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Sod Webworms

Sod webworms include at least 20 species within the family Pyralidae. South Carolina turfgrass may be infested by several of the temperate-region sod webworms as well as the tropical sod webworm. These pests feed almost exclusively on grasses. Newly established lawns and sod fields often suffer the worst damage. Damage is much more severe during droughts.

The adult moths are fairly distinctive. Nearly all have a distinct snout-like projection on their head. This is formed by the long labial palpi. The temperate-region sod webworms curl the wings around the body when they are at rest. The tropical sod webworm holds its wings flat. Sod webworm moths are fairly weak fliers. When they are disturbed they will fly a short distance in a zigzag pattern and then settle back into the grass. Most adults are a light brown or tan color. There may be some stripes on the wings.

Sod webworm adults are active at night. The females lay eggs at random on the grass. The eggs hatch in about 10 days and the larvae immediately begin to feed and construct silken tubes in which they live. Sod webworm larvae vary in color from gray or light green to beige or brown. Most larvae have dark spots scattered over the body.

Young larvae may partially skeletonize the grass blades while older larvae remove parts of the blade or clip it off at the base and pull it back into the silken tube. Feeding occurs at night. On cloudy days, the larvae may feed during the day as well. Temperate–region sod webworms may graze small patches of grass to the ground. Tropical sod webworms tend to chew out notches in the grass giving it a ragged appearance. If there is a heavy dew an infested area may appear to be covered with irregular, flat spider webs early in the morning.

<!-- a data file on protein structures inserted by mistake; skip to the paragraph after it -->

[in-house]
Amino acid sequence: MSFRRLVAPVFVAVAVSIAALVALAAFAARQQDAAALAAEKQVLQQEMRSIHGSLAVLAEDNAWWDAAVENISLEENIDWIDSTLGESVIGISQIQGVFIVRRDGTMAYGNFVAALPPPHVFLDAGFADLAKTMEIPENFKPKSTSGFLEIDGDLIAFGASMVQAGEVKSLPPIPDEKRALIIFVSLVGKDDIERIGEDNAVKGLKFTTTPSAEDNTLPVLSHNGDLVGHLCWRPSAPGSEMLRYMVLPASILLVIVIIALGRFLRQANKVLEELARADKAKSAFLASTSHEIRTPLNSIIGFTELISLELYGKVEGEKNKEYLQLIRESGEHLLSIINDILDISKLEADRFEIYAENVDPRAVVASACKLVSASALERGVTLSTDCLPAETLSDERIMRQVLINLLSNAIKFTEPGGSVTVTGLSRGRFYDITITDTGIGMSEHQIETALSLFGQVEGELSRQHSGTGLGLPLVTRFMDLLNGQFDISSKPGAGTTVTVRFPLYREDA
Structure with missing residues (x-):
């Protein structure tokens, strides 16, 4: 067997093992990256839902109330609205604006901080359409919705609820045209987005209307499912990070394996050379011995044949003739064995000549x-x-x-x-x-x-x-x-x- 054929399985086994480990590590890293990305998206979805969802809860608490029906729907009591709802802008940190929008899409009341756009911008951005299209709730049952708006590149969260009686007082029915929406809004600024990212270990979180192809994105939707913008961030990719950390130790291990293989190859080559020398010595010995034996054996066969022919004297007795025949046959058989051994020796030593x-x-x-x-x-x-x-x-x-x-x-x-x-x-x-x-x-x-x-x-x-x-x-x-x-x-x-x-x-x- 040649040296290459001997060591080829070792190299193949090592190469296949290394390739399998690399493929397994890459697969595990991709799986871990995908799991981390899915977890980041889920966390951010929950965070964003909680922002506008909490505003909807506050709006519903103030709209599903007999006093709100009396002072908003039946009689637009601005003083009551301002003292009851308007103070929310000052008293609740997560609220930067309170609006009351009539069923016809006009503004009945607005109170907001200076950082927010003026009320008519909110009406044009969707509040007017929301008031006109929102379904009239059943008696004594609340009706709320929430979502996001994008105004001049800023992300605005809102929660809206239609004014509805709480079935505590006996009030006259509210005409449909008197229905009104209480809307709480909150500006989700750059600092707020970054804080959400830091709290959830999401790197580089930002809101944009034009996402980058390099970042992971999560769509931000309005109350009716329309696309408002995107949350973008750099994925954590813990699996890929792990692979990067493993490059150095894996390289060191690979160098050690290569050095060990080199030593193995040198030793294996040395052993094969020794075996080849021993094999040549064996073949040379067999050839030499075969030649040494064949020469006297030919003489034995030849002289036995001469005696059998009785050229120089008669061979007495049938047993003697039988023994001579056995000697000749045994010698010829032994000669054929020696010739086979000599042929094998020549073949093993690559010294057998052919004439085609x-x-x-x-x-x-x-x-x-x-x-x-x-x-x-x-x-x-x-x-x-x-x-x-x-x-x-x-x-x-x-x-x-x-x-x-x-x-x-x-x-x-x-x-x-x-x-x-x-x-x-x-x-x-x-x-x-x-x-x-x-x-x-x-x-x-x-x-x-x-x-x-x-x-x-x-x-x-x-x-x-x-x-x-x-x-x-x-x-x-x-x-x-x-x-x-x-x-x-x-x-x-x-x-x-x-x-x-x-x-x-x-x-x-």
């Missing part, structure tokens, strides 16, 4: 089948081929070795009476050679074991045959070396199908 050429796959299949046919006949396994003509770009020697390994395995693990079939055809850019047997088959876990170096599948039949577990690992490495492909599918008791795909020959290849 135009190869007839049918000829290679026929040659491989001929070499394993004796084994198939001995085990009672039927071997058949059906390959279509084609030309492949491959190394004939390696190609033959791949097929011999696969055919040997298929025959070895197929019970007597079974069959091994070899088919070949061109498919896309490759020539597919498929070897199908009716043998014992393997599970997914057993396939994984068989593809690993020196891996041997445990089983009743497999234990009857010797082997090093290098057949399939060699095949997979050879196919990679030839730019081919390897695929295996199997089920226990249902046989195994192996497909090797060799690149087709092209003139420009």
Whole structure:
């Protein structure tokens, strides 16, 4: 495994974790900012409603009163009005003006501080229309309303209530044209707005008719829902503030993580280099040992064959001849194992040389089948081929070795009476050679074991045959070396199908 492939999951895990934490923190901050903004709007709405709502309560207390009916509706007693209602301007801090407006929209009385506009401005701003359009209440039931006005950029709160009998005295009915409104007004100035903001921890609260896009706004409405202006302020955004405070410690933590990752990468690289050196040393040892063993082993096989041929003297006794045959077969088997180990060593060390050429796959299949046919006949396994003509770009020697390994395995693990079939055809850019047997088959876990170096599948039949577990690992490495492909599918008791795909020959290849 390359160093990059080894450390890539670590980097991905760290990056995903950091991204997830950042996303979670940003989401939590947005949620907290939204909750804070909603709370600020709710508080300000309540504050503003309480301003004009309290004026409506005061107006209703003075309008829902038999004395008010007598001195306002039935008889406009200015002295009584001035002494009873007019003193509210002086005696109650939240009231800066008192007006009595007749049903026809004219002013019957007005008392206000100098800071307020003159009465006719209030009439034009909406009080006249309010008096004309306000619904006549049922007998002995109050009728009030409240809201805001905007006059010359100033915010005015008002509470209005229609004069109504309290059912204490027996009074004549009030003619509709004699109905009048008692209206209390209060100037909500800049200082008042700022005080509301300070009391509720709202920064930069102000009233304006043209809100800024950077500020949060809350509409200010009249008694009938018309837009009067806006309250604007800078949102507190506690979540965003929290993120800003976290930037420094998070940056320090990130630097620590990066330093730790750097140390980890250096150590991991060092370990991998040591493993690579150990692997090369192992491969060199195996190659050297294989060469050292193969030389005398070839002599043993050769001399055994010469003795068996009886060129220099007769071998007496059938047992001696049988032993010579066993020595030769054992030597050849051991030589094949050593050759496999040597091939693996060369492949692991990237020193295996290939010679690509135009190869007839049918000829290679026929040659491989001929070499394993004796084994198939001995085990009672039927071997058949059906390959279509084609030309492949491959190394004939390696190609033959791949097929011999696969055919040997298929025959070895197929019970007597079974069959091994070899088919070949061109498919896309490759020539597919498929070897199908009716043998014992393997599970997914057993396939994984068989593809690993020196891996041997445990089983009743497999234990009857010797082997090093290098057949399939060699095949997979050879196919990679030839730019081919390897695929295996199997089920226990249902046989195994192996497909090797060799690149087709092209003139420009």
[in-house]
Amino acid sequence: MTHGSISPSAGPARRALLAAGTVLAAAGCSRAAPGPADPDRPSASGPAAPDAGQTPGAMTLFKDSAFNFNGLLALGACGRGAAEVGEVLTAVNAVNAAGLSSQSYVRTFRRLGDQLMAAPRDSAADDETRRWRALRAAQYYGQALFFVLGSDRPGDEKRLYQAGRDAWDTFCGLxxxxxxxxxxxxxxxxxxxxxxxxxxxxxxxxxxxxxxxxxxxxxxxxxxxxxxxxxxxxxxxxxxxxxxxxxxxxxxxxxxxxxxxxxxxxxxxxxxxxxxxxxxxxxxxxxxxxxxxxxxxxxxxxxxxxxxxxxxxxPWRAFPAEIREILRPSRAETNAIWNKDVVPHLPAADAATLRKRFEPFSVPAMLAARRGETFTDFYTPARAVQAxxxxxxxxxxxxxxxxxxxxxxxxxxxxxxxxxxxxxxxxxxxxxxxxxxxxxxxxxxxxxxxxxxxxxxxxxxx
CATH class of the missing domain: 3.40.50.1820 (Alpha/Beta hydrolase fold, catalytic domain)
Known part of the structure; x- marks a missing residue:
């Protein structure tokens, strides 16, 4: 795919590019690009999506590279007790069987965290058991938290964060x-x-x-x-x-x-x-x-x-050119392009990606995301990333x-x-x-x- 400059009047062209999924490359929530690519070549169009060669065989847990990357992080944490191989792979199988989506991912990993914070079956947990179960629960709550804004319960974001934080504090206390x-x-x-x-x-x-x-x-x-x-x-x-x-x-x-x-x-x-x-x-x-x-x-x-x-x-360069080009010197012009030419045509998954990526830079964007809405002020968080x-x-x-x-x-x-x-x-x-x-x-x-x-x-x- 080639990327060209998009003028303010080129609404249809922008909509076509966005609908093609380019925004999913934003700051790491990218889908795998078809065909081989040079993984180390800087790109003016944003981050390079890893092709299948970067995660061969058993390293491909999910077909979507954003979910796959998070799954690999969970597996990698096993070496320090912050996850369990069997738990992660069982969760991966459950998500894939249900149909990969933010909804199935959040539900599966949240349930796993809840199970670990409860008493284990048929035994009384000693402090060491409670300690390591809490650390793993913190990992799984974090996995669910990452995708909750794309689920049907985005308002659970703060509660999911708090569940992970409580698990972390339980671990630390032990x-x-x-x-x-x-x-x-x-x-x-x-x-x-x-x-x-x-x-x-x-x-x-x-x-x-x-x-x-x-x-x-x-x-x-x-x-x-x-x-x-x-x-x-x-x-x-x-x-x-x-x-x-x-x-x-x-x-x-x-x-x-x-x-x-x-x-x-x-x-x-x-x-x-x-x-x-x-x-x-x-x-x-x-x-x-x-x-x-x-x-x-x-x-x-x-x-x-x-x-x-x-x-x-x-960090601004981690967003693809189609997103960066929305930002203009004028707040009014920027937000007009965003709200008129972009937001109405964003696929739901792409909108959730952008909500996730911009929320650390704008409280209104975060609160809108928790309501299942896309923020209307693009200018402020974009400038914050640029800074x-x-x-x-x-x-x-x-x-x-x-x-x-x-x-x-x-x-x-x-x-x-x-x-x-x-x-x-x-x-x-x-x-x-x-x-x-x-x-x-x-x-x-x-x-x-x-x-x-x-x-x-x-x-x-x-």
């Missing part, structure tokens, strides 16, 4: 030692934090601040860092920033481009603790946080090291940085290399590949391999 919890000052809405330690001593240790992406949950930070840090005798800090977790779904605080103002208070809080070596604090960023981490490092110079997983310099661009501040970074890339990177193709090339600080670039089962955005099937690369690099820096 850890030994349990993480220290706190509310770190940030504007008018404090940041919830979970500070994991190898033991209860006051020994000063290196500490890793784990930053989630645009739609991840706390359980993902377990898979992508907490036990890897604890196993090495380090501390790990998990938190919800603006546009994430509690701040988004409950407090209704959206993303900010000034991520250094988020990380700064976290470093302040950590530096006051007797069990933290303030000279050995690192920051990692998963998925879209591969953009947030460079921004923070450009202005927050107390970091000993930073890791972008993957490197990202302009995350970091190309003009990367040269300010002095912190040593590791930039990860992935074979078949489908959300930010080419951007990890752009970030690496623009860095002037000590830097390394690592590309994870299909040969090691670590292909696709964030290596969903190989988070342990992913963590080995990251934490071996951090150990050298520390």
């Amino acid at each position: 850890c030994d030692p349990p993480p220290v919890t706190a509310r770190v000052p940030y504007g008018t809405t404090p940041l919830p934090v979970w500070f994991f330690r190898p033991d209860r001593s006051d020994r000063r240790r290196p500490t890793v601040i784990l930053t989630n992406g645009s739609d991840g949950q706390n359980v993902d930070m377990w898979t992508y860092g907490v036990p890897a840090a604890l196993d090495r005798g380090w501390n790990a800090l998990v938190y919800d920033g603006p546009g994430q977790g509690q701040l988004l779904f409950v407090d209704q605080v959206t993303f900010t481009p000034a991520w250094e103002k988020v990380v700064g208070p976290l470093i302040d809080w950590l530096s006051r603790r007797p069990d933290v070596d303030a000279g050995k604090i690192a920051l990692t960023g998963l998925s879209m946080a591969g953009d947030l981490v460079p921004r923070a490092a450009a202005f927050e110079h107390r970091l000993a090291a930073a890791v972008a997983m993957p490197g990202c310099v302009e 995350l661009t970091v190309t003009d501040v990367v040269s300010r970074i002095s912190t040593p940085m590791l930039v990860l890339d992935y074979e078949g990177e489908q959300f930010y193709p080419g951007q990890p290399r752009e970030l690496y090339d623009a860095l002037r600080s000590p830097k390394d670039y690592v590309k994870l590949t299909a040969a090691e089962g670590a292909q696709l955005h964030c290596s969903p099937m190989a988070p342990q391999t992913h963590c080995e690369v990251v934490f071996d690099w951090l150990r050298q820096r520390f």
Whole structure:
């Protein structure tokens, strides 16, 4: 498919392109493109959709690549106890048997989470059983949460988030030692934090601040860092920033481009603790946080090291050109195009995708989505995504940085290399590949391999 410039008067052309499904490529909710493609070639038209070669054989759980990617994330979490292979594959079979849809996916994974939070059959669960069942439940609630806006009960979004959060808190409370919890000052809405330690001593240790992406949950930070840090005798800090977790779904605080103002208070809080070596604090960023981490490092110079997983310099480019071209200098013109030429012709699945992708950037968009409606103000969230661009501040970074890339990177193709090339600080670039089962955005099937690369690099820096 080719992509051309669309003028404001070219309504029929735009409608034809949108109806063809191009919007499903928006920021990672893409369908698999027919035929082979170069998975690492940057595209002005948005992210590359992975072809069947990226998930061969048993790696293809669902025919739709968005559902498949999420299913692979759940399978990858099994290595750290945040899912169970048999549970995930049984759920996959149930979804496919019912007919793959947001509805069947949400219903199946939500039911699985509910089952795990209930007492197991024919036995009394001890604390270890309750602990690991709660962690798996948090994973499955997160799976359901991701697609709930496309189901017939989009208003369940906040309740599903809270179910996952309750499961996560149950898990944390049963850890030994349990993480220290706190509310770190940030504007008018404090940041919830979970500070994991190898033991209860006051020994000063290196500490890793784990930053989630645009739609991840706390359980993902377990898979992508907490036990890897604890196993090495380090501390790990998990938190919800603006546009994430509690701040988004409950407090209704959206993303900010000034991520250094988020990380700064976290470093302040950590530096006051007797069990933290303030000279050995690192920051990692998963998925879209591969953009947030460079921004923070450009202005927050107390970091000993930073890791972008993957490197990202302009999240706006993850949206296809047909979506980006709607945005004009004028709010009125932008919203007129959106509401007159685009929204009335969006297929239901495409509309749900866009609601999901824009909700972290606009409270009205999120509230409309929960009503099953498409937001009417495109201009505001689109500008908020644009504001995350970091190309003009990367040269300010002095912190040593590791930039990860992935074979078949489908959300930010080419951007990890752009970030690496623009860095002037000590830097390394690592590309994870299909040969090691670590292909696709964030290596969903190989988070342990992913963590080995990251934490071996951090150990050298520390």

Early detection of larval activity is very important in management of sod webworm. If large numbers of adult moths are noticed late in the day the turfgrass should be inspected carefully for larval activity in the next few days. Another indication of larval activity is large numbers of birds working the area in the early morning. A good method for detecting the larvae is to mix one or two fluid ounces of dishwashing detergent per gallon of water and pouring the solution over a 2 ft x 2 ft area. This solution is very irritating to the larvae and they will come to the surface in a short time if present in the grass. Sampling should be done on the edge of suspected damage areas.

Sod webworm larvae are attacked by a wide range of predators, parasites, and diseases. However, these beneficials may not provide enough control to prevent damage to fine turfgrass.

Biorational controls include Bacillus thuringiensis (B.t.) materials (e.g. Dipel and others) and entomopathogenic nematodes. The B.t. materials are most effective against young larvae. Thorough watering of the grass prior to treatment may enhance the effectiveness of the biorational products.

Traditional insecticides are also available for control of sod webworms. All treatments are most effective if applied late in the day. This is because the larvae are active during the night. Always read and follow all label directions when applying any pesticide.

Prepared by Clyde S. Gorsuch, Extension Entomologist/ Professor, Department of Entomology, Soils, and Plant Sciences, Clemson University.

EIIS/TO-21 (New 09/2003).

This information is supplied with the understanding that no discrimination is intended and no endorsement by the Clemson University Cooperative Extension Service is implied. Brand names of pesticides are given as a convenience and are neither an endorsement nor guarantee of the product nor a suggestion that similar products are not effective. Use pesticides only according to the directions on the label. Follow all directions, precautions and restrictions that are listed.

The Clemson University Cooperative Extension Service offers its programs to people of all ages, regardless of race, color, sex, religion, national origin, disability, political beliefs, sexual orientation, marital or family status and is an equal opportunity employer. Clemson University Cooperating with U.S. Department of Agriculture and South Carolina Counties. Issued in Furtherance of Cooperative Extension Work in Agriculture and Home Economics, Acts of May 8 and June 30, 1914.